We all need a partner. It doesn’t have to be intimate. Maybe it’s for business. Maybe it’s platonic. Maybe it’s intellectual. Maybe it’s cordial. But there is no one on this earth that can justify an argument for the other side. Because life is a walk with others. And our plus one is always important. So, my heart gets sad when I see someone without theirs.
Yesterday, after church my little family went out for Sunday brunch at one of our favorite local spots. About halfway through our meal, a single gentleman was seated at a small two-person table beside us. He walked with a hunch and a sturdy cane. He was dressed in a brightly colored plaid jacket that I am certain he’s had for a good thirty years. It was gigantic on him. Although, I imagine it fit him back in the day. His tie was long and his pants quite baggy. But he looked so elegant in the kind of way that means the most. His eyes were tired. His skin sagged. His cheekbones aged. And his face wore an expression that told me he’s got quite the story. I so badly wanted to scoot myself over, sit down, reach out and ask him to share it with me. Because when I see a person like that, I know they’re missing their partner. They’re walking life now, without their plus one.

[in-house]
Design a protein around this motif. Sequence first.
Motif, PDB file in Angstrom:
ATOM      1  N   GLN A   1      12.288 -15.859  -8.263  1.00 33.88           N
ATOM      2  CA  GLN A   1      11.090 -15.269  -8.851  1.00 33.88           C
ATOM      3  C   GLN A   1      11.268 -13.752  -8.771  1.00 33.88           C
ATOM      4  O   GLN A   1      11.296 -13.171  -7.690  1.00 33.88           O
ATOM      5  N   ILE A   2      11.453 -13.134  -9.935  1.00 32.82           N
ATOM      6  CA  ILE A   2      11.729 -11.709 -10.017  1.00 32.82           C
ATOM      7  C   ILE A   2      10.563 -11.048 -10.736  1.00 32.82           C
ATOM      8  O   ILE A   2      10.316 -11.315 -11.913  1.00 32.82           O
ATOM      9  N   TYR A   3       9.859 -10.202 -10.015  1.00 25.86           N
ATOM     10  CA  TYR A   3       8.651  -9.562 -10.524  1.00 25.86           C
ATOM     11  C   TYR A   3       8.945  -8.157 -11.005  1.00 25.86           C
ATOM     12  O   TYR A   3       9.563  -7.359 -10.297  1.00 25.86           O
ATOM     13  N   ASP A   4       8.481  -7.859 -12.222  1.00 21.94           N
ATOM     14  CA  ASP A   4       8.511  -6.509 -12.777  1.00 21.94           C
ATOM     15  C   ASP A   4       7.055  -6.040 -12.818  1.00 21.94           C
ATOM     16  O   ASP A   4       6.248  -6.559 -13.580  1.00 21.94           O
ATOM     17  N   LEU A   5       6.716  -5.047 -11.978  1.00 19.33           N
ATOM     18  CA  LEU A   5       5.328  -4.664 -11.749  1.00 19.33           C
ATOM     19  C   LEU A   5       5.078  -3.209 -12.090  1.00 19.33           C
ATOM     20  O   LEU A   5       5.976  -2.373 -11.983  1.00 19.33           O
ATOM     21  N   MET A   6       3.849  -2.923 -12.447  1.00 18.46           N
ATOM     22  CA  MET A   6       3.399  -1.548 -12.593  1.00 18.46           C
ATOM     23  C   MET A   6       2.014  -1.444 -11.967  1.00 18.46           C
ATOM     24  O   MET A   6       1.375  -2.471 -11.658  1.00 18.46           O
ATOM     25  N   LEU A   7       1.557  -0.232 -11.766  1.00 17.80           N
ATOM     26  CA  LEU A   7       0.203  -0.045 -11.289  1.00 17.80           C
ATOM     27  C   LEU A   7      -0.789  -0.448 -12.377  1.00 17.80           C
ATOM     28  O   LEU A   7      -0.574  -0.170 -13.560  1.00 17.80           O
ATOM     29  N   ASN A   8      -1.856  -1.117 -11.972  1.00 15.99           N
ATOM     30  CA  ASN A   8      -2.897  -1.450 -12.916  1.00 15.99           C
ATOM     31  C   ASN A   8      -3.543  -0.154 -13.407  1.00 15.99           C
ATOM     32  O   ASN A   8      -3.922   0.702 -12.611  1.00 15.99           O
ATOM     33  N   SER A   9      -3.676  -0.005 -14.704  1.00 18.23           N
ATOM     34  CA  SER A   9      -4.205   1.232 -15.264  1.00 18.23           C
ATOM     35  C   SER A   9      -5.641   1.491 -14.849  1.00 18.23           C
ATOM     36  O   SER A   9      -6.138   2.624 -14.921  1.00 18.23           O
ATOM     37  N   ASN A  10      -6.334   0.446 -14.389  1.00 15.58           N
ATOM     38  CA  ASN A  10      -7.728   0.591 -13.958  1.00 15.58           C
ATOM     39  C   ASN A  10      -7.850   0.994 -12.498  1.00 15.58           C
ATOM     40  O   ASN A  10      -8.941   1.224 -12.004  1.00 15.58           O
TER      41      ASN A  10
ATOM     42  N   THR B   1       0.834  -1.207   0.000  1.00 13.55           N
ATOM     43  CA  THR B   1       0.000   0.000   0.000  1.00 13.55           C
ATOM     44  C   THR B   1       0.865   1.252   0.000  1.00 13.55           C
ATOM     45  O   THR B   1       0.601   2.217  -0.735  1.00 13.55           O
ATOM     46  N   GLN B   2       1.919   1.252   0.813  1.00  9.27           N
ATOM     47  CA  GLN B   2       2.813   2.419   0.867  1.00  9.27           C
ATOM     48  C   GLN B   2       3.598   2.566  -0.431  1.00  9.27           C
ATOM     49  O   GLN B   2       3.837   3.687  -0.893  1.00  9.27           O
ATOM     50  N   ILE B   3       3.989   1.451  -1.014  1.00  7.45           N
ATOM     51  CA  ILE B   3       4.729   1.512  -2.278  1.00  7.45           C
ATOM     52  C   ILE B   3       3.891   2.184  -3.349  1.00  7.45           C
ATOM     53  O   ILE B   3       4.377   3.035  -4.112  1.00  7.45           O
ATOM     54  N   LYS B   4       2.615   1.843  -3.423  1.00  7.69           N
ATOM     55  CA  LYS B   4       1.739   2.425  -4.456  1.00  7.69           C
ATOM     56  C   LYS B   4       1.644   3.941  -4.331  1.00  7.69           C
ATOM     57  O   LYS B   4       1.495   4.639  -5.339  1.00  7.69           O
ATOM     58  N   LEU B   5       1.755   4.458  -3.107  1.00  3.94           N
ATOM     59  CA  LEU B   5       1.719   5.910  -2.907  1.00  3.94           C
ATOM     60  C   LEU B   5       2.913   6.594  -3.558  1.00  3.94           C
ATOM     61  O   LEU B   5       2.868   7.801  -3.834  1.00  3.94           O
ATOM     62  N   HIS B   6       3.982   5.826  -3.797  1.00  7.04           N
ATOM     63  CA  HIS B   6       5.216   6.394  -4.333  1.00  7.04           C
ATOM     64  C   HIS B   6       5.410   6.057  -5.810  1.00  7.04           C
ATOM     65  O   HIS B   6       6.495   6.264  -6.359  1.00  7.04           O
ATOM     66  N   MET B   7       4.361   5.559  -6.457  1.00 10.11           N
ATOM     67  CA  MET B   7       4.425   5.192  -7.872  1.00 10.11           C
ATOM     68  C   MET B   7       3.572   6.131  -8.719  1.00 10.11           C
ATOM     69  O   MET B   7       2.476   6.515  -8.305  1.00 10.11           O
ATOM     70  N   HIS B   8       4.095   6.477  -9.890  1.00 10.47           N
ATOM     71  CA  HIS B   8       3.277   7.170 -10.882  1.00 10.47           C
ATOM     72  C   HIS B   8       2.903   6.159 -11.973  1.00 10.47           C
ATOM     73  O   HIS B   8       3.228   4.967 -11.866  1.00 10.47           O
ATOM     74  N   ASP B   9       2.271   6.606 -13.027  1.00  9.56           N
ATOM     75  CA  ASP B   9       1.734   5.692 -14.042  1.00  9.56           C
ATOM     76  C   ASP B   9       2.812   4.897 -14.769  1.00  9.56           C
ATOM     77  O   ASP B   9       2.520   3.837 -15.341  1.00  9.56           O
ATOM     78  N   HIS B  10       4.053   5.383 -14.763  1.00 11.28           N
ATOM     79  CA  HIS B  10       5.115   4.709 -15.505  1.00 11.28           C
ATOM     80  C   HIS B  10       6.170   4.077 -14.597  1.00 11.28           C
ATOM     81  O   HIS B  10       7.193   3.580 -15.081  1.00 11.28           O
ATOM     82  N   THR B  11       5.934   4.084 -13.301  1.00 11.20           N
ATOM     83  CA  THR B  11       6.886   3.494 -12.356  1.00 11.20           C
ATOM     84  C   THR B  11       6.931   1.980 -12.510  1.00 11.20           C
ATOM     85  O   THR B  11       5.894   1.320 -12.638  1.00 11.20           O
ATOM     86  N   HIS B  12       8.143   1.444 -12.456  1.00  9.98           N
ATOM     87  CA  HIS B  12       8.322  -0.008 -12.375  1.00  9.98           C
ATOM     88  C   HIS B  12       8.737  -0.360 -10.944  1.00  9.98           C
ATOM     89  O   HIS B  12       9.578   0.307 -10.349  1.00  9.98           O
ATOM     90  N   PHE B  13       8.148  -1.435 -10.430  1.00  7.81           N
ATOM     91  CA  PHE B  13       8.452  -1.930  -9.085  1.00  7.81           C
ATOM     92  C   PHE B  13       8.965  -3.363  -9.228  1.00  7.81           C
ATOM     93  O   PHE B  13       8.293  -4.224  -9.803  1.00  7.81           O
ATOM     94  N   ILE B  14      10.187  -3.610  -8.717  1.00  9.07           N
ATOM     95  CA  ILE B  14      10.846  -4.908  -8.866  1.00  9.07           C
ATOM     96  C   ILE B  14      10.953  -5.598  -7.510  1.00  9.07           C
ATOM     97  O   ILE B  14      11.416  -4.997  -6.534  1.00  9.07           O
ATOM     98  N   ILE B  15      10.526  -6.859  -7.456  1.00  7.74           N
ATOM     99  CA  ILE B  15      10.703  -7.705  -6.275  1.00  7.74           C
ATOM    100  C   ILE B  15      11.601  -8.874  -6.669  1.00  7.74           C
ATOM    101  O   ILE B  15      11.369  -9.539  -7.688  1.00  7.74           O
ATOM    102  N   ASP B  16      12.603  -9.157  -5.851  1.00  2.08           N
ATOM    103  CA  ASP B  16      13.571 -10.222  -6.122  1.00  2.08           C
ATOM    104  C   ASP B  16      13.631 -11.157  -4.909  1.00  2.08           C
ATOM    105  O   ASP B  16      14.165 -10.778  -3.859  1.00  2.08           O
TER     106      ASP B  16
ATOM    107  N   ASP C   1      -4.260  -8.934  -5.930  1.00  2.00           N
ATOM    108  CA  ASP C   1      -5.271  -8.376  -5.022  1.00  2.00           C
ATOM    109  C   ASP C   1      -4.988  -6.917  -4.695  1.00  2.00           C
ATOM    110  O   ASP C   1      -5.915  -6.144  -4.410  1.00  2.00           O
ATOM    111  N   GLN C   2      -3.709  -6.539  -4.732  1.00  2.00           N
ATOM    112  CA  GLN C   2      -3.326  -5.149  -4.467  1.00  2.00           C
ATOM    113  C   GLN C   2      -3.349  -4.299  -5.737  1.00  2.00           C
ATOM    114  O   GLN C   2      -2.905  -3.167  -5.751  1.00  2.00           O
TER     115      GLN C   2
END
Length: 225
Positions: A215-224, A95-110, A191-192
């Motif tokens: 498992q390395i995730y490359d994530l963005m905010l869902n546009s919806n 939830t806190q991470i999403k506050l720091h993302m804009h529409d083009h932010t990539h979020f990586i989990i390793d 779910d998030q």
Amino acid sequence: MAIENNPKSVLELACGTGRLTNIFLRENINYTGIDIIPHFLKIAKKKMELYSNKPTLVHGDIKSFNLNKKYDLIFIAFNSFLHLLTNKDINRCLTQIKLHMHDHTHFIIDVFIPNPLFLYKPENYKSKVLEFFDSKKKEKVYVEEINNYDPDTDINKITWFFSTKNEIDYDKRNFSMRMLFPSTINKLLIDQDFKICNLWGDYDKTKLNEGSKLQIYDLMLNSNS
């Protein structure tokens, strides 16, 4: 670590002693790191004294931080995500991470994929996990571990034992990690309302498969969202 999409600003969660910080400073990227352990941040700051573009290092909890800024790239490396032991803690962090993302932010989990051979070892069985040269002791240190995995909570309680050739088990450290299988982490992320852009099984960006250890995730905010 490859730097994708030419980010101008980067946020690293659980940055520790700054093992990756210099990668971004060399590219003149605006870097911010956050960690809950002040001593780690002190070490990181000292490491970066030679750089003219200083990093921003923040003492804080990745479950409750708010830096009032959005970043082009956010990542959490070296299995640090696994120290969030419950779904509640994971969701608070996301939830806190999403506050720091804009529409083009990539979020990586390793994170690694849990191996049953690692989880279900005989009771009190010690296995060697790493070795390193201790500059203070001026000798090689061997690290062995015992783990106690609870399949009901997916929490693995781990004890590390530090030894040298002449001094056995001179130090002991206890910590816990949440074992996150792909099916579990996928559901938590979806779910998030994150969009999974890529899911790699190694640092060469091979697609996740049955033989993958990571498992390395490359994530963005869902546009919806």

My husband and I both share this sentiment [when we’re out together]. It tugs at our hearts. And if we did not have the children with us, I am certain we would have invited him to join us. Perhaps he wanted to eat alone. But it’s likely he did not. We finished our meal, paid the bill and got up to leave. I’m usually the last one to leave the table, making sure we have all our belongings. Or else picking up some of the horrendous mess my toddler has graciously left behind. Yesterday, as I took one last scan and walked away I stopped briefly by the gentleman’s table. I extended a holiday greeting, waved hello and smiled. He looked up and smiled larger than I would have expected that face to reveal. And my heart lit up inside. Albeit brief, I hope I gave that amazing man an impression that told him he still matters. Maybe I’m the only person that day that reached out to say hello. Maybe after brunch he was headed back home where he sat quietly by himself. Maybe not. But if so, I feel better knowing I didn’t just walk on by.
We all need people. And when we lose our people, we need more people. The holiday season always brings out an eager heart. But even without that added cheer, I think it’s important to be someone’s person today. Tomorrow. And every day. Because a smile goes a mile.